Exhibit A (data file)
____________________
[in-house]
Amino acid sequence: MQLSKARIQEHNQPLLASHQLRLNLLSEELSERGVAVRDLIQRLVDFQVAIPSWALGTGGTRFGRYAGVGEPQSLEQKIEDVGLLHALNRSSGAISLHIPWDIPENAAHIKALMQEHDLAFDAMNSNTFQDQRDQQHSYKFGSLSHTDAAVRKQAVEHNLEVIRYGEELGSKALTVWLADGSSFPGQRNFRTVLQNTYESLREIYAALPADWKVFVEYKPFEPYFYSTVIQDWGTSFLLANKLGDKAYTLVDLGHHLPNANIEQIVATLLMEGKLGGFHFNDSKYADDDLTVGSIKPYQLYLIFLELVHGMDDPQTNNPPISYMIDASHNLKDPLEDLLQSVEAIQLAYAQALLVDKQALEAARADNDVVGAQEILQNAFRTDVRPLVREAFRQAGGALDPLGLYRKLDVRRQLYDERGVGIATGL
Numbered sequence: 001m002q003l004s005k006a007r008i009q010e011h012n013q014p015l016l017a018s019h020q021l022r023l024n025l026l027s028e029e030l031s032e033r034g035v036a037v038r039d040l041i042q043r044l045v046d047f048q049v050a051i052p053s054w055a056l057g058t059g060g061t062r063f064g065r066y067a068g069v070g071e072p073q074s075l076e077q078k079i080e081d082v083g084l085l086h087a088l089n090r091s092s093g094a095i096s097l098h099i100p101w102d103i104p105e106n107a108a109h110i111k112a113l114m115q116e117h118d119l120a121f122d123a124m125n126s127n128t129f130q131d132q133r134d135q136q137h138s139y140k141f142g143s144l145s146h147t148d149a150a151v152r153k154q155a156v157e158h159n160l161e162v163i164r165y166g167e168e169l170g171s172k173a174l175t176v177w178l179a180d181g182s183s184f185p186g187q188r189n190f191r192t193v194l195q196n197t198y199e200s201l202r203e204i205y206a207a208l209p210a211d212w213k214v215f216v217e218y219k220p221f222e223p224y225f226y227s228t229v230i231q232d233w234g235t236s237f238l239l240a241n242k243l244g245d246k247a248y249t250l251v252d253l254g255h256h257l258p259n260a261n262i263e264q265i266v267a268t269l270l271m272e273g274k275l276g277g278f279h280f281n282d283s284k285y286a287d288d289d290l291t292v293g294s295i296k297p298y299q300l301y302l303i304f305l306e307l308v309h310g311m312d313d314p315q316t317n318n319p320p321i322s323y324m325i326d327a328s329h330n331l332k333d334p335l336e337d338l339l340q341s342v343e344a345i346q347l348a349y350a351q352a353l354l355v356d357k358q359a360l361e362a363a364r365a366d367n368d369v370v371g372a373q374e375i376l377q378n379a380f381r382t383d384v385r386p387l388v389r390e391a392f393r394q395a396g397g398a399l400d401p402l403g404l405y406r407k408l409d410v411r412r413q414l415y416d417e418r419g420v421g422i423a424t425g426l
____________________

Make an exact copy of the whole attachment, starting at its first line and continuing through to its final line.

[in-house]
Amino acid sequence: MQLSKARIQEHNQPLLASHQLRLNLLSEELSERGVAVRDLIQRLVDFQVAIPSWALGTGGTRFGRYAGVGEPQSLEQKIEDVGLLHALNRSSGAISLHIPWDIPENAAHIKALMQEHDLAFDAMNSNTFQDQRDQQHSYKFGSLSHTDAAVRKQAVEHNLEVIRYGEELGSKALTVWLADGSSFPGQRNFRTVLQNTYESLREIYAALPADWKVFVEYKPFEPYFYSTVIQDWGTSFLLANKLGDKAYTLVDLGHHLPNANIEQIVATLLMEGKLGGFHFNDSKYADDDLTVGSIKPYQLYLIFLELVHGMDDPQTNNPPISYMIDASHNLKDPLEDLLQSVEAIQLAYAQALLVDKQALEAARADNDVVGAQEILQNAFRTDVRPLVREAFRQAGGALDPLGLYRKLDVRRQLYDERGVGIATGL
Numbered sequence: 001m002q003l004s005k006a007r008i009q010e011h012n013q014p015l016l017a018s019h020q021l022r023l024n025l026l027s028e029e030l031s032e033r034g035v036a037v038r039d040l041i042q043r044l045v046d047f048q049v050a051i052p053s054w055a056l057g058t059g060g061t062r063f064g065r066y067a068g069v070g071e072p073q074s075l076e077q078k079i080e081d082v083g084l085l086h087a088l089n090r091s092s093g094a095i096s097l098h099i100p101w102d103i104p105e106n107a108a109h110i111k112a113l114m115q116e117h118d119l120a121f122d123a124m125n126s127n128t129f130q131d132q133r134d135q136q137h138s139y140k141f142g143s144l145s146h147t148d149a150a151v152r153k154q155a156v157e158h159n160l161e162v163i164r165y166g167e168e169l170g171s172k173a174l175t176v177w178l179a180d181g182s183s184f185p186g187q188r189n190f191r192t193v194l195q196n197t198y199e200s201l202r203e204i205y206a207a208l209p210a211d212w213k214v215f216v217e218y219k220p221f222e223p224y225f226y227s228t229v230i231q232d233w234g235t236s237f238l239l240a241n242k243l244g245d246k247a248y249t250l251v252d253l254g255h256h257l258p259n260a261n262i263e264q265i266v267a268t269l270l271m272e273g274k275l276g277g278f279h280f281n282d283s284k285y286a287d288d289d290l291t292v293g294s295i296k297p298y299q300l301y302l303i304f305l306e307l308v309h310g311m312d313d314p315q316t317n318n319p320p321i322s323y324m325i326d327a328s329h330n331l332k333d334p335l336e337d338l339l340q341s342v343e344a345i346q347l348a349y350a351q352a353l354l355v356d357k358q359a360l361e362a363a364r365a366d367n368d369v370v371g372a373q374e375i376l377q378n379a380f381r382t383d384v385r386p387l388v389r390e391a392f393r394q395a396g397g398a399l400d401p402l403g404l405y406r407k408l409d410v411r412r413q414l415y416d417e418r419g420v421g422i423a424t425g426l